Man can live about forty days without food, about three days without water, about eight minutes without air, but only for one second without hope. – Anonymous
Can you provide more details on product components?
Paracord (also parachute cord) is an essential for a stocked bug-out bag and personal survival items supply list. Unraveling the bracelet produces paracord that extends to 11.5-12.5 feet (or 3.5-3.8 meters for 9-in bracelet) and 12.5-13+ feet (3.8-4.0 meters for 10-in bracelet). Its breaking strength is 550 pounds that was used, in fact, by astronauts on a mission to repair the Hubble telescope! It is made strong by a sheath that is made up of 7 Inner cords /strands. So, though you may have up to 13-feet of 550 mil-spec cord, when you break it down to your inner cord, you’re looking at ±90 feet with the outer sheath and inner cord. Then, if you break inner cord down all the way, that would be ±270 feet of that 7-lb to 10-lb test inner cord, which you can do a lot with for that amount of cord. You don’t have to keep it at its 550-lb size to use it but break it down to the size you need for the type of task you want to do. Thus, not only is the cord handy but the yarns inside it are practical for sewing, fishing, and over 100 other uses. Watch this mind-blowing video that shows why this is simply an amazing survival tool.
Fire steel works no matter what the conditions are, even when the temperature drops to -51°C (-60°F) or rises to 150°C (302°F). You can even spark it up when it’s wet or dropped in snow.
Stainless knife / cutter / scraper doubles as a striker to make a spark and start a fire when struck against the fire flint. Fire provides a good source for heat, lighting, protection, and is needed in order to cook and boil water. Striker blade also cuts paracord, does small cutting jobs, and shaves beetle-killed branches for firewood.
Whistle is high-pitched with loudness to 100 decibels. Sound travels better late at night.
Paracord bracelets come in two sizes: 9-in for women or 10-in for men (length) with ≤1-in (height) and ≤0.4-in (width).
All bracelet components are tucked away or attached to a heavy-duty, durable, side-release buckle. All five components are also waterproof, corrosion-free and mildew-resistant.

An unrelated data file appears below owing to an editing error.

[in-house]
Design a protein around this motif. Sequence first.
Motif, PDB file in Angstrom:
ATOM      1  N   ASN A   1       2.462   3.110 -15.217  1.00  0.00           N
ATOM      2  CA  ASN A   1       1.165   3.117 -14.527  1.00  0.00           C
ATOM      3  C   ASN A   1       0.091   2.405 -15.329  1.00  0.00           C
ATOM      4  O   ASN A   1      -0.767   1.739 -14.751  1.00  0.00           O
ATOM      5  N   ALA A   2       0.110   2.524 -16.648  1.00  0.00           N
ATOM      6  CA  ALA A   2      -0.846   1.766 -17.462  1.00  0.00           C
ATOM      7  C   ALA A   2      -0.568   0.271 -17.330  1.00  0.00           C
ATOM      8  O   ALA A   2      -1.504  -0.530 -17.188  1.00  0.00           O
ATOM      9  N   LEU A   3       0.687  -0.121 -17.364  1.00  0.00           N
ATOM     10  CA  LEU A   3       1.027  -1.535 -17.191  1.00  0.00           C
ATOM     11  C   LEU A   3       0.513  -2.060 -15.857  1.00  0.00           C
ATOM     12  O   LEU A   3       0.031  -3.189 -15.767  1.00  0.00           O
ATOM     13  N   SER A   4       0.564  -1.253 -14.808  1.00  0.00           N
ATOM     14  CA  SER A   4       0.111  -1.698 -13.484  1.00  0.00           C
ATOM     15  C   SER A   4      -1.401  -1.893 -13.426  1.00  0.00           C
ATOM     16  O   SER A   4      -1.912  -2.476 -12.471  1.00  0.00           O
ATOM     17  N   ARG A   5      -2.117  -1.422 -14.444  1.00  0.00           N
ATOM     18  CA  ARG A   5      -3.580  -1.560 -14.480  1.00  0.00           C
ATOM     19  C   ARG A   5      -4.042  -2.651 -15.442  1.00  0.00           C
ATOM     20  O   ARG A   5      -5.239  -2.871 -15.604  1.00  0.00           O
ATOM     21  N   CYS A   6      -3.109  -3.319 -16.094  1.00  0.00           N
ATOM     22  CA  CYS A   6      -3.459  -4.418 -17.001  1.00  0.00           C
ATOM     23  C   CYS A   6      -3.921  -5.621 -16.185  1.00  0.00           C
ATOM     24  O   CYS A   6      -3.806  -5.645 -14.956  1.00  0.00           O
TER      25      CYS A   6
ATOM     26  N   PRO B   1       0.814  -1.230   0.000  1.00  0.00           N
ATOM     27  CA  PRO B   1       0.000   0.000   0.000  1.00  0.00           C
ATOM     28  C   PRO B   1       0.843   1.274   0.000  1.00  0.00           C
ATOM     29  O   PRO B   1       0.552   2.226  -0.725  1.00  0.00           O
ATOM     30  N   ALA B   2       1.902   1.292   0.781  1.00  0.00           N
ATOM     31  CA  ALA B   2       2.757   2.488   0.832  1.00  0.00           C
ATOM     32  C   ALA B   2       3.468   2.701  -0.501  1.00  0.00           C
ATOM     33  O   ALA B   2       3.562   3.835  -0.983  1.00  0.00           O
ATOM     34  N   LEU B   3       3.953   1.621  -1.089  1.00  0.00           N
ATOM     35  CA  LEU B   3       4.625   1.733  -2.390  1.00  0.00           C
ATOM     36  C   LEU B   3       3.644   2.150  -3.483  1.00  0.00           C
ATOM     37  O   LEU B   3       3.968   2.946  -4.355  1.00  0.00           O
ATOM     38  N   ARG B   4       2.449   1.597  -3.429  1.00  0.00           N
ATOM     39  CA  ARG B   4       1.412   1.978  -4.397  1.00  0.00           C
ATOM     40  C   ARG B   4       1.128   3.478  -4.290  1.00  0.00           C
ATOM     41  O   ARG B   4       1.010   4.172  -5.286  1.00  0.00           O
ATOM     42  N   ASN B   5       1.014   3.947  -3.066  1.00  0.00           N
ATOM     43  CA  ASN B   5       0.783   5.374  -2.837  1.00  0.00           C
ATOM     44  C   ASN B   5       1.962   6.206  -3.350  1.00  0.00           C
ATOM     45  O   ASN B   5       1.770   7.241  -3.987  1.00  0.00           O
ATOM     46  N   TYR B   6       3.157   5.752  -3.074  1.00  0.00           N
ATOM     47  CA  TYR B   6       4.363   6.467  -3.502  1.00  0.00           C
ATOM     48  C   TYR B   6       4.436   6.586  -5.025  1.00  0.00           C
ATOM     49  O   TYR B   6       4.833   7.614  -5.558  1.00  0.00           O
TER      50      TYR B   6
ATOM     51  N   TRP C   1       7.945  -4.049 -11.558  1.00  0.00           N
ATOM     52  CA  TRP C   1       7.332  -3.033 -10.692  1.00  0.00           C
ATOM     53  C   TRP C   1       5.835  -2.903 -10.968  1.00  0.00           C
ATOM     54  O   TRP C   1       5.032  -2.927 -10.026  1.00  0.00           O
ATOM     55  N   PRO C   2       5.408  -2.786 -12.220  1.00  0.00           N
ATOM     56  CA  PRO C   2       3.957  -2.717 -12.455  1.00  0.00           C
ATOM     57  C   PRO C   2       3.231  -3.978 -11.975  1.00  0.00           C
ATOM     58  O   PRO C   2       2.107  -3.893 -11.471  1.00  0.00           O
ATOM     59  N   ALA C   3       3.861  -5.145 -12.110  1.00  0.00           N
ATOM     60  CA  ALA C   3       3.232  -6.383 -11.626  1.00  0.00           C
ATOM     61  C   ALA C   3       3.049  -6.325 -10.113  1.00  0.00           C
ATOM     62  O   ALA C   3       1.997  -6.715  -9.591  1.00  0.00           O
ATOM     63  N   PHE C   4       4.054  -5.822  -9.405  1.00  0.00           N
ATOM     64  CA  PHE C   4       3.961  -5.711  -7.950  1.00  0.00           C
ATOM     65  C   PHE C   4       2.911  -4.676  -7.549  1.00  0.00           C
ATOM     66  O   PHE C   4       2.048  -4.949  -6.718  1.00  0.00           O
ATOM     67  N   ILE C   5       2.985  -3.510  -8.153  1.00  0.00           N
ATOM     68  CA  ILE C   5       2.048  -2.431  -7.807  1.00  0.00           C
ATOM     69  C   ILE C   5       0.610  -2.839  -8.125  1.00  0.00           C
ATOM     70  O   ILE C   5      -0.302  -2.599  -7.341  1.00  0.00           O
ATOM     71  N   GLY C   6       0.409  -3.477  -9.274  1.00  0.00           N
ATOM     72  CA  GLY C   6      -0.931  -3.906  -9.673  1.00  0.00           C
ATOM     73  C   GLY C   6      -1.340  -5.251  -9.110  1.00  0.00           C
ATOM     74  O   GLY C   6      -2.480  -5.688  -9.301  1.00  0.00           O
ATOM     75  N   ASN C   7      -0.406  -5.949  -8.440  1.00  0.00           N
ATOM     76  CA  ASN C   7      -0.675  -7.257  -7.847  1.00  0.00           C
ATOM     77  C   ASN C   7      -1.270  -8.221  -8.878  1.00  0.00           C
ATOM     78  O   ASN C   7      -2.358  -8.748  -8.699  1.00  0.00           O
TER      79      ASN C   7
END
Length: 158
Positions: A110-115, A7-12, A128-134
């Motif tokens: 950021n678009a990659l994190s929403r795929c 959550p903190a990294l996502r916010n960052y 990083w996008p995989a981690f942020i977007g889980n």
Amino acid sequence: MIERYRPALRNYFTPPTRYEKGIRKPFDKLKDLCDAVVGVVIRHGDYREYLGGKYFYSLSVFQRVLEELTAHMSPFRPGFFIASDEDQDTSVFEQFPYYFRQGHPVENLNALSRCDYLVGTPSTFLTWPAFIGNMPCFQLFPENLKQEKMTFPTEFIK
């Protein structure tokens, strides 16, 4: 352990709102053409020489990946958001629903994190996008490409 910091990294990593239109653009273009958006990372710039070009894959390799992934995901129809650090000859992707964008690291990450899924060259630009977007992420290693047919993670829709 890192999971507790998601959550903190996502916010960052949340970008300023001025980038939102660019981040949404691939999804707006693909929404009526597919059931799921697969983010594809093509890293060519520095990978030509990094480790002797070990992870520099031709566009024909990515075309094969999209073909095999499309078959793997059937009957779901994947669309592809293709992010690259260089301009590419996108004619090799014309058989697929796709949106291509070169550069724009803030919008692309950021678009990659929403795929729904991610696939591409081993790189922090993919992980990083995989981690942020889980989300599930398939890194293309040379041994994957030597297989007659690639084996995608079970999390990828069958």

What makes paracord bracelet extremely vital to have and keep?
In a survival situation, we absolutely need to have these three most important resources: a fire-starting device, cutting tool and some paracord. Then, add to that the extra features of a whistle and compass incorporated into this bracelet.
Fire is life in a survival situation. You can use the stainless cutter-scraper to strike fire flint to start and make fire in ANY condition for heat to keep warm, cooking and boiling water, protection, lighting, etc., thus, covering just about EVERY survival need. With the fire starter, you can also make a signal fire for help. The cutter-scraper, which also doubles as striker-blade, cuts paracord, does small cutting jobs, and shaves beetle-killed branches for firewood. Paracord is one of the most versatile survival tools and useful in a hundred different ways: build shelter/splint, animal snares, lash spear/ rafts, repair equipment, rig sails/pulley system, administer first aid, stitch & more. The whistle serves as a signal device to escape danger and signal location to search and rescue teams, while the compass is for navigation.
This compact, light, comfy, easy-to-disassemble, and wearable EDC emergency toolbox is, thus, an invaluable multi-use device that will keep you always prepared anywhere in any contingencies, and can be a lifesaver at a time you need to use it. To show how beneficial this bracelet is, here are a 101 Uses for Paracord.
Is the bracelet good for everyone? Is it appropriate for children too?